- 1898, Kuriduka Mataro, Railways and Rolling Stock in Japan, Tokyo, photographs by K. Ogawa, 4to, 50 platess, Facsimile published by Nihon Keizai Hyoronsha,in 1981.
- ca 1898, J. Murdoch (text), Photographic Work of Kazumasa Ogawa, Tokyo, Yokohama Printing & Publishing Co, 72 black and white photographs by Ogawa and color map, includes Chrysanthemums of Japan and Hakone District with other photographs bound as one book. Red and gold cloth boards.
- 1898-9, Japanese Art Folio edited by H. Shugio, Tokyo, issued in twelve monthly parts, folio (13 x 19 in), 73 pp. The page count noted (ie 73 pp) does not include 72 pages of tissue guards with descriptive text. The pages are not numbered although the individual plates are numbered consecutively in Roman numerals on the descriptive tissue guards and in the contents page at the front of each part. This is folio of classic Japanese art reproduced on 73 plates photographed and collotyped by K. Ogawa. Twelve (12) of these plates are colored by T. Tamura. Each plate protected with tissue guard containing an explanation in Japanese and English. Sold in bound volume format as well as single monthly issues on a subscription basis. For more information on this book, click here. Rare as a Complete Set.
~~ Available - Japanese Art Folio, 12 Parts - Purchase Here ~~
- 1899-1908, Selected Relics of Japanese Art, Volumes I~XX (Shimbi Taikan), Shiiji (Shi'ichi) Tajima, editor, Nippon Shimbi Kyokwai (Zenkyoan, Kenninji, Shimokyoku), Kyoto (Shimbi Shoin), cloth, folio (19 x 13 in - 49 x 34 cm), 20 volumes, double folded leaves, bound Japanese style, decorated paper wraps (also sold in silk wraps), purple silk threads, two edges gilt, 941 plates (88 color). Each folio in folding slipcase with ivory clasps. The collotype plates are on thin paper which is folded over a sheet of stiff backing paper. Woodcut plates are on a single sheet of thick paper. Each plate (or unit of plates when similar plates were grouped together by the editor) is protected by a tissue guard with text in English and Japanese which describes the art and artist. The art was photographed and collotyped by K. Ogawa. The books were printed at the Tokyo Tsukiji Type Foundry. Each volume has approximately 40~50 woodblocks (generally color) or black and white collotypes of art treasures. Photographed and collotyped by K. Ogawa. Printed at the Tokyo Tsukiji Type Foundry. Reproductions of art relics from the earliest times up to the end of the Tokugawa Era from collections in Buddhist Temples in Nara and Kyoto. The issues bound in silk originally sold for 20% more than the regular issues. The Wenckstern Bibliography (Volume 2), has the table of contents for the first ten volumes (see pages 288-304, Wenckstern, Vol 2).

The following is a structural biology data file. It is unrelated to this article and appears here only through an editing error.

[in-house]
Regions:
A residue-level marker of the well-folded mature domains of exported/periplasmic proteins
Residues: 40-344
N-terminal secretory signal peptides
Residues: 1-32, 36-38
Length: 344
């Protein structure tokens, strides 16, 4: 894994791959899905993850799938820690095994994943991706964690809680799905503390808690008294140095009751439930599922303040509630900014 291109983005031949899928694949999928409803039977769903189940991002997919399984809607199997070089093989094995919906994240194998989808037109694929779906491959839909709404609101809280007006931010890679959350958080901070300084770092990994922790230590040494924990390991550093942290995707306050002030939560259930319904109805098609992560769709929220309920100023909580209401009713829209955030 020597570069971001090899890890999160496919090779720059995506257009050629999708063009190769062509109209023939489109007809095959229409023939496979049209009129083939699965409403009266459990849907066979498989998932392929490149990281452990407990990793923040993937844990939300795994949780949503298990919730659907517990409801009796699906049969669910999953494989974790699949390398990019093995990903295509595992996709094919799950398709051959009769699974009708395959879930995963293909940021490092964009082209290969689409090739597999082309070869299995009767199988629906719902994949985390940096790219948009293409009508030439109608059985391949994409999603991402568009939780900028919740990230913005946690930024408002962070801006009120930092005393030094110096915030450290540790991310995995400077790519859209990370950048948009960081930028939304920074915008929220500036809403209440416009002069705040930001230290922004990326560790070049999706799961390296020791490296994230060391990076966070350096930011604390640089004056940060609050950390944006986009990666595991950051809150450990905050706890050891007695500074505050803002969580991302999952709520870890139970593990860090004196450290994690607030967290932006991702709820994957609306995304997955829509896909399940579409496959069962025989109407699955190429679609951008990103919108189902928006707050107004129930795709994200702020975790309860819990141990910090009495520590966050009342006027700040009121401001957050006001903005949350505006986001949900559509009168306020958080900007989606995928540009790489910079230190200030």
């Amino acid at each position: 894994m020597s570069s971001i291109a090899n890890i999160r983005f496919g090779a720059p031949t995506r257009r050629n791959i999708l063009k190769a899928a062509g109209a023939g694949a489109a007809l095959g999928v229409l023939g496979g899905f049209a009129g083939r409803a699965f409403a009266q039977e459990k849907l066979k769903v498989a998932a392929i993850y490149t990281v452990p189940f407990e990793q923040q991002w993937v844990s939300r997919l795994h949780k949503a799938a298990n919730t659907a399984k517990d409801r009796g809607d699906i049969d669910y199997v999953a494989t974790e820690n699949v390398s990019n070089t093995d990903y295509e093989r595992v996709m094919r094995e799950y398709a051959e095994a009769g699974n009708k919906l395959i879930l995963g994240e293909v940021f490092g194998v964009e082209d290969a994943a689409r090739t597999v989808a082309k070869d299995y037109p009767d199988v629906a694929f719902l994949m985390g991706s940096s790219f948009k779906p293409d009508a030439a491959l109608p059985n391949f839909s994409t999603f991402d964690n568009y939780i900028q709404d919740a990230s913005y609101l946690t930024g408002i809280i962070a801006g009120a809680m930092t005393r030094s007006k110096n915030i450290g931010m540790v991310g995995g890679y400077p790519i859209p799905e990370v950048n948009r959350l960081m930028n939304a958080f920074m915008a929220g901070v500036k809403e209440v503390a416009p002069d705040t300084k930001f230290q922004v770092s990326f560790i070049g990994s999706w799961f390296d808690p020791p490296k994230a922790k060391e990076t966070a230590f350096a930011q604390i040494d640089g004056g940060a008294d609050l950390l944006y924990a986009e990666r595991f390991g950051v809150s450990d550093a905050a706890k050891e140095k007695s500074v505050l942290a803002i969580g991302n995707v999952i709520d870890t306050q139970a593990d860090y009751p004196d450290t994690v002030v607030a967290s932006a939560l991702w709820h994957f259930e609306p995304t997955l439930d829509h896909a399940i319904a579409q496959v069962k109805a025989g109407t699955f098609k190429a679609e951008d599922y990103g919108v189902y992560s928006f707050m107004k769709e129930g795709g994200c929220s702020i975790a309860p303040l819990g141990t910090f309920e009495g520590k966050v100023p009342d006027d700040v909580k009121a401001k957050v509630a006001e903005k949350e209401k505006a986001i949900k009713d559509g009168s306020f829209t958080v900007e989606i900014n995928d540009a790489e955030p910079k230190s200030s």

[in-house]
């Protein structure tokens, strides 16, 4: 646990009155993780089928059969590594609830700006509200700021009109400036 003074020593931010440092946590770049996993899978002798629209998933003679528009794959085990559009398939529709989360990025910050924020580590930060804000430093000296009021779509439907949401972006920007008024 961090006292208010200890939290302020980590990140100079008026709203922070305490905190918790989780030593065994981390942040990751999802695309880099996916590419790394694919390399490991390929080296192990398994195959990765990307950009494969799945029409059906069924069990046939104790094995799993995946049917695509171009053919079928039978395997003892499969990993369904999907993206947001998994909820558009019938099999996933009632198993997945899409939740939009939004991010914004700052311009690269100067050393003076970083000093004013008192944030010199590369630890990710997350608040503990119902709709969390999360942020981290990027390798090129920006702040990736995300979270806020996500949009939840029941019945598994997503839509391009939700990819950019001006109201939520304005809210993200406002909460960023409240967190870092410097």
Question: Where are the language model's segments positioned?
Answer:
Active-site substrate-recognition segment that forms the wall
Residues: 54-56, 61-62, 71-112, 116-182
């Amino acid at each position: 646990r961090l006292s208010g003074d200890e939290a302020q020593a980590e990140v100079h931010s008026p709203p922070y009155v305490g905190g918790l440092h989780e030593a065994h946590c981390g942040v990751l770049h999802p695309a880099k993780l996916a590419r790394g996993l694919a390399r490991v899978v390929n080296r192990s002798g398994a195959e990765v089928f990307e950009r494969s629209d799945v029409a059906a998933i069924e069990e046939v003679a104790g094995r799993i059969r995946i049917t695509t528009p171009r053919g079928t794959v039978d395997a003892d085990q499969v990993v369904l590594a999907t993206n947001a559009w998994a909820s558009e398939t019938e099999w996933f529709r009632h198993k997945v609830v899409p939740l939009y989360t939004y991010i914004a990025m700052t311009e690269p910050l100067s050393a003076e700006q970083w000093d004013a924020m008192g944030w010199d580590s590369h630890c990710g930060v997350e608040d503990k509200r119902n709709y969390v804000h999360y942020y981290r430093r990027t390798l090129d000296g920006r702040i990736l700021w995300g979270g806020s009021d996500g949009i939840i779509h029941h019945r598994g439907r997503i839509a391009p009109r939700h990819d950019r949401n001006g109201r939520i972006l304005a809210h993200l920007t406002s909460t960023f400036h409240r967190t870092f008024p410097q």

For detailed information on this 20 volume set, click here.
For more information on a representative volume (Volume III), click here.
~~ Available - Selected Relics of Japanese Art, Vol I-XX, The Complete Set - Purchase Here ~~
- 1899, A Model Japanese Villa, Tokyo, Ogawa, oblong 4to (14 3/4 x 11 1/2 in), 15 plates containing a total of 19 hand colored collotype images. Each plate is preceded by a tissue guard with a letter press descriptive caption. Exceptional views of a Japanese villa and grounds. For more information on this book, click here. A book with the same title was published by Ogawa in 1910 (Meiji 43).
~~ Available - A Model Japanese Villa, Good Covers, VG Contents - Purchase Here ~~
~~ Available - A Model Japanese Villa, Poor Covers, VG Contents - Purchase Here ~~
- 1899, Nikko, Tokyo, Shinbei Suzuki, not published by K. Ogawa but believed to reproduce his photographs, Meiji 32 (1899) horizontal 8vo, decorated paper covered boards, silk stab ties, paste on title placed horizontally in relation to the stab ties and reading down, 12 halftone (sashintoppan) illustrations from photographs of the Nikko temples. Printed May 26 and published May 29.
- 1900, Ogawa participates in a Japanese government established commission dispatched to survey cultural properties in Beijing. In addition to Ogawa, the commission was composed primarily of members of the Imperial University of Tokyo. Key members were C. Itoo, College of Engineering, J. Tsuchiya, member of the University Hall and T. Okuyama, College of Engineering. In 1906 (see below) two major books/folios were published with collotype plates based upon K. Ogawa's photographs during this survey. Many of his photographs from this survey are reproduced in a book published in 1994 titled As Dusk Fell on the Imperial City. For more information on that book, click here.
- 1900, Imperial University of Tokyo - Tokyo Tei-koku Daigaku, Tokyo, K. Ogawa, Meiji 33 (1900), large 4to (10 5/8 x 15 in - 27 x 38 cm), illustrated cloth over cardboard covers with beveled edges, gilt speckled inside covers and adjacent free pages, two silk ties, spine covered, gilt edges, English and Japanese text, title page, preface, 59 collotype plates (including a four panel fold-out plate), tissue guards on first 8 plates only, a total of 61 leaves all printed on one side only. For more information on this book click here. See 1904 for a similar books set by Ogawa.
- ca 1900, K. Ogawa "cabinet card" portrait of a man. To see this item, click here.
- ca 1900, Japan, Tokyo, horizontal small folio (16 x 12 in), 4 Volumes, 104 (colored - 87 and uncolored - 17) collotypes, most numbered and titled on the picture. Large (91 images, size 285 x 235 mm) and small (13 images, size 90 x 140 mm) size collotypes mounted on card.